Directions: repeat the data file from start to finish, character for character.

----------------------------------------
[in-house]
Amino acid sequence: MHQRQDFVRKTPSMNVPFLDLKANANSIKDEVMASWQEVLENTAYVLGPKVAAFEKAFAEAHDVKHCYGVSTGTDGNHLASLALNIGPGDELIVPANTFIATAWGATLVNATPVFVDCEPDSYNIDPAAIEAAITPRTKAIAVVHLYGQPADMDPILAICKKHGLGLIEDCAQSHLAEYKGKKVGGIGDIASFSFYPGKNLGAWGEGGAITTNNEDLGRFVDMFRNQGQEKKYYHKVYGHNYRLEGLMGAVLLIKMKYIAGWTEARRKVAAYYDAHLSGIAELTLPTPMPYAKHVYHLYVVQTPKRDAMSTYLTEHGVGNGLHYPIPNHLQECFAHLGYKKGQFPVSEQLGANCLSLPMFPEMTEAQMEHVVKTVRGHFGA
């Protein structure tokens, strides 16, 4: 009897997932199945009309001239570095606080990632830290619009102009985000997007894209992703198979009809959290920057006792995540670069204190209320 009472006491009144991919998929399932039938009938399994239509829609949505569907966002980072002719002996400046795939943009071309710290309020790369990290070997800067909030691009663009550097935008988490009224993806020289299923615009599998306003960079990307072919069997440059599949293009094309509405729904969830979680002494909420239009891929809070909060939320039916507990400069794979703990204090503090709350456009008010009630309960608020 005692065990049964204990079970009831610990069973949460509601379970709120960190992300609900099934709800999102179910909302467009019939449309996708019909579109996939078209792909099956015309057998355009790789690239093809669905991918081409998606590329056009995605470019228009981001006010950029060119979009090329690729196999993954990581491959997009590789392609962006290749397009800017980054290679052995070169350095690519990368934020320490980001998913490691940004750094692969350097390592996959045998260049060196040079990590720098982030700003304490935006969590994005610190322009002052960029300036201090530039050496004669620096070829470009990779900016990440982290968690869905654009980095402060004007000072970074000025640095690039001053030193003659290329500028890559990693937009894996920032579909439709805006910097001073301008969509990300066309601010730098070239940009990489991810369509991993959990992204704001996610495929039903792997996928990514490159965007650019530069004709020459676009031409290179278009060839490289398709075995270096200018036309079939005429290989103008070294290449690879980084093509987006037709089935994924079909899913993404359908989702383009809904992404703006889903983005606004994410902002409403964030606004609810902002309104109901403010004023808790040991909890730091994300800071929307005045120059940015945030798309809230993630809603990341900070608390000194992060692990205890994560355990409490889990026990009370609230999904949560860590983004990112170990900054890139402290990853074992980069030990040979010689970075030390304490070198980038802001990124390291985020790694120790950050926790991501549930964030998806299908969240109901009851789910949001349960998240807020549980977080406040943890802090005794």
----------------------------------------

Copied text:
[in-house]
Amino acid sequence: MHQRQDFVRKTPSMNVPFLDLKANANSIKDEVMASWQEVLENTAYVLGPKVAAFEKAFAEAHDVKHCYGVSTGTDGNHLASLALNIGPGDELIVPANTFIATAWGATLVNATPVFVDCEPDSYNIDPAAIEAAITPRTKAIAVVHLYGQPADMDPILAICKKHGLGLIEDCAQSHLAEYKGKKVGGIGDIASFSFYPGKNLGAWGEGGAITTNNEDLGRFVDMFRNQGQEKKYYHKVYGHNYRLEGLMGAVLLIKMKYIAGWTEARRKVAAYYDAHLSGIAELTLPTPMPYAKHVYHLYVVQTPKRDAMSTYLTEHGVGNGLHYPIPNHLQECFAHLGYKKGQFPVSEQLGANCLSLPMFPEMTEAQMEHVVKTVRGHFGA
């Protein structure tokens, strides 16, 4: 009897997932199945009309001239570095606080990632830290619009102009985000997007894209992703198979009809959290920057006792995540670069204190209320 009472006491009144991919998929399932039938009938399994239509829609949505569907966002980072002719002996400046795939943009071309710290309020790369990290070997800067909030691009663009550097935008988490009224993806020289299923615009599998306003960079990307072919069997440059599949293009094309509405729904969830979680002494909420239009891929809070909060939320039916507990400069794979703990204090503090709350456009008010009630309960608020 005692065990049964204990079970009831610990069973949460509601379970709120960190992300609900099934709800999102179910909302467009019939449309996708019909579109996939078209792909099956015309057998355009790789690239093809669905991918081409998606590329056009995605470019228009981001006010950029060119979009090329690729196999993954990581491959997009590789392609962006290749397009800017980054290679052995070169350095690519990368934020320490980001998913490691940004750094692969350097390592996959045998260049060196040079990590720098982030700003304490935006969590994005610190322009002052960029300036201090530039050496004669620096070829470009990779900016990440982290968690869905654009980095402060004007000072970074000025640095690039001053030193003659290329500028890559990693937009894996920032579909439709805006910097001073301008969509990300066309601010730098070239940009990489991810369509991993959990992204704001996610495929039903792997996928990514490159965007650019530069004709020459676009031409290179278009060839490289398709075995270096200018036309079939005429290989103008070294290449690879980084093509987006037709089935994924079909899913993404359908989702383009809904992404703006889903983005606004994410902002409403964030606004609810902002309104109901403010004023808790040991909890730091994300800071929307005045120059940015945030798309809230993630809603990341900070608390000194992060692990205890994560355990409490889990026990009370609230999904949560860590983004990112170990900054890139402290990853074992980069030990040979010689970075030390304490070198980038802001990124390291985020790694120790950050926790991501549930964030998806299908969240109901009851789910949001349960998240807020549980977080406040943890802090005794």